Together At Last

The first night I got home, I opened the tube which is not dissimilar to a tube of toothpaste. The consistency of the cream is thick like soft, grainy petroleum jelly and you only need a pea-size amount as a little goes a long way. I felt a comfortable warmth and saw a little redness that stayed until I fell asleep an hour later but was gone by morning when I woke up to skin that looked bright with plumpy-hydration. When I say there was a noticeable difference in the morning without A313 the night before and the one with, I am talking one that is significant. Unfortunately, the morning afterglow settled down by day seven when my skin was ever so slightly dry and itchy on occasion thanks to my getting too excited and not following orders to put it on a dry face and only use the pea-sized amount I mentioned earlier. All discomfort came as a result of my pushing boundaries, not the product itself.

I used up my tubes and sort of fell off the wagon but decided to get serious with retinol once again a month ago and found a supplier of A313 on eBay. I ordered a tube to ensure it was the real deal (so many beauty products on Amazon have been proven fake and I am over it). The right cream arrived and I put on the product. I had several days of the glow and now in week two, my skin is now going through a very light retinol hazing where it’s a bit dry and can itch on occasion but otherwise looking smoother and brighter every day. That’s another bonus of retinol: It addresses hyperpigmentation as well (if not better) than it diminishes wrinkles. I have been told it can cause a breakout during the initiation period for those with cystic acne but I have not experienced any spots myself. I have colleagues who have struggled with acne who say it is less of a problem than what they faced with retinoids (a group of compounds that are derived from vitamin A such as Tretinoin the generic name for Retin-A ) but also a slower solution taking 12-24 weeks to make a real impact on skin. That said, I am in my first month and am already seeing lines soften, pores fade and makeup looks much smoother upon application.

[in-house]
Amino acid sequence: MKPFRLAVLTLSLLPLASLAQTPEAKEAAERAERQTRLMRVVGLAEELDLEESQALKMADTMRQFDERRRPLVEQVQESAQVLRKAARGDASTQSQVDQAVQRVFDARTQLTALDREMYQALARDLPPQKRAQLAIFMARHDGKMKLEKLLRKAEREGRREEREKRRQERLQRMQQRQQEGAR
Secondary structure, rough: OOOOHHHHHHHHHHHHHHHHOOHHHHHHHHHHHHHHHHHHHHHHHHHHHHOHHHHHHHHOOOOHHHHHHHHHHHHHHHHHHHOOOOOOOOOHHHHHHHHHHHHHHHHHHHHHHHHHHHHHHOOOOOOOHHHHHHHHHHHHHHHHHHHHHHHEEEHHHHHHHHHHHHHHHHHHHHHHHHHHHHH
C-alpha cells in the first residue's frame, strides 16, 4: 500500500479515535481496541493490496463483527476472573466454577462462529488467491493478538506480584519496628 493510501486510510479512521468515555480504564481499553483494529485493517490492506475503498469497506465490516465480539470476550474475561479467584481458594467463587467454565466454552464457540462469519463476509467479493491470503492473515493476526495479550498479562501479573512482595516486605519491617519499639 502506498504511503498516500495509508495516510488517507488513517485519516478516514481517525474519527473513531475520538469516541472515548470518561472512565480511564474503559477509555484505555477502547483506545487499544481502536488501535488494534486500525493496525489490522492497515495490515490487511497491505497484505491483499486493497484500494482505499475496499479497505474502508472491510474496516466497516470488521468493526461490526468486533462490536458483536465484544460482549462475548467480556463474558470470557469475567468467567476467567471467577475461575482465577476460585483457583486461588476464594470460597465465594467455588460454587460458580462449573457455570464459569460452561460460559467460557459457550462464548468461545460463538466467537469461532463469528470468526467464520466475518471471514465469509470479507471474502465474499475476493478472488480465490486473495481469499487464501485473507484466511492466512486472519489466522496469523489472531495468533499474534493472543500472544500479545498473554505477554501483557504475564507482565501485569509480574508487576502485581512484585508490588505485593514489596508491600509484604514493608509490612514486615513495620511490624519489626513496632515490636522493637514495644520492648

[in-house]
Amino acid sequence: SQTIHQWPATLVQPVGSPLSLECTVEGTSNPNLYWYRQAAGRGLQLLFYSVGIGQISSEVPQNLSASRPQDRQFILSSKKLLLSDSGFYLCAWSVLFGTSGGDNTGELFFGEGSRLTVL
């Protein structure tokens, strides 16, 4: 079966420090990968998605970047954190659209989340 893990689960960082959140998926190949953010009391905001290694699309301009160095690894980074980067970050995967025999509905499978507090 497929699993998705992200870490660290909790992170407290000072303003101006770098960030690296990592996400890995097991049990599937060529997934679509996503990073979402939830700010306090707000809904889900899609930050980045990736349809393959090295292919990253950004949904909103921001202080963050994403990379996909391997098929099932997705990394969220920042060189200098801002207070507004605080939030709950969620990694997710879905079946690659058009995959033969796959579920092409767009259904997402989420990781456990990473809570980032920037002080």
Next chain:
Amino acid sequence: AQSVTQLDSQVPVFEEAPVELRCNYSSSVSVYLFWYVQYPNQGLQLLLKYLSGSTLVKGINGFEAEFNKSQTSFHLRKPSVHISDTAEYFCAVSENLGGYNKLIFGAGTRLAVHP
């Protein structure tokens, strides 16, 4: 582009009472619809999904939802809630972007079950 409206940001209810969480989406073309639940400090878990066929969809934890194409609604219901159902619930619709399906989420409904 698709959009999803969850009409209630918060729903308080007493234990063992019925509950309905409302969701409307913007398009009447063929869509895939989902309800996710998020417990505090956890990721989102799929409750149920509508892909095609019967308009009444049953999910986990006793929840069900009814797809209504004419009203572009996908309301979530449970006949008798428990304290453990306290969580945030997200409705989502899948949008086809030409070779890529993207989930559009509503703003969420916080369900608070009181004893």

My verdict: As retinols go, this one is the standout in my book. It’s user friendly, packs enough punch to be taken seriously but doesn’t make you miserable while it works. If you’re able to get your hands on a tube, I would highly recommend buying one (or three).

Now, let’s address a few questions you might have:

What is the difference between retinals and retinoids? Verywell gives a great breakdown here.

Why do I need a retinol? Glamour explains it perfectly.

What are things I need to know about using retinol? Check out this piece in Vogue.

Retinol and black skin. What do I need to know? Check out this piece in New York Magazine.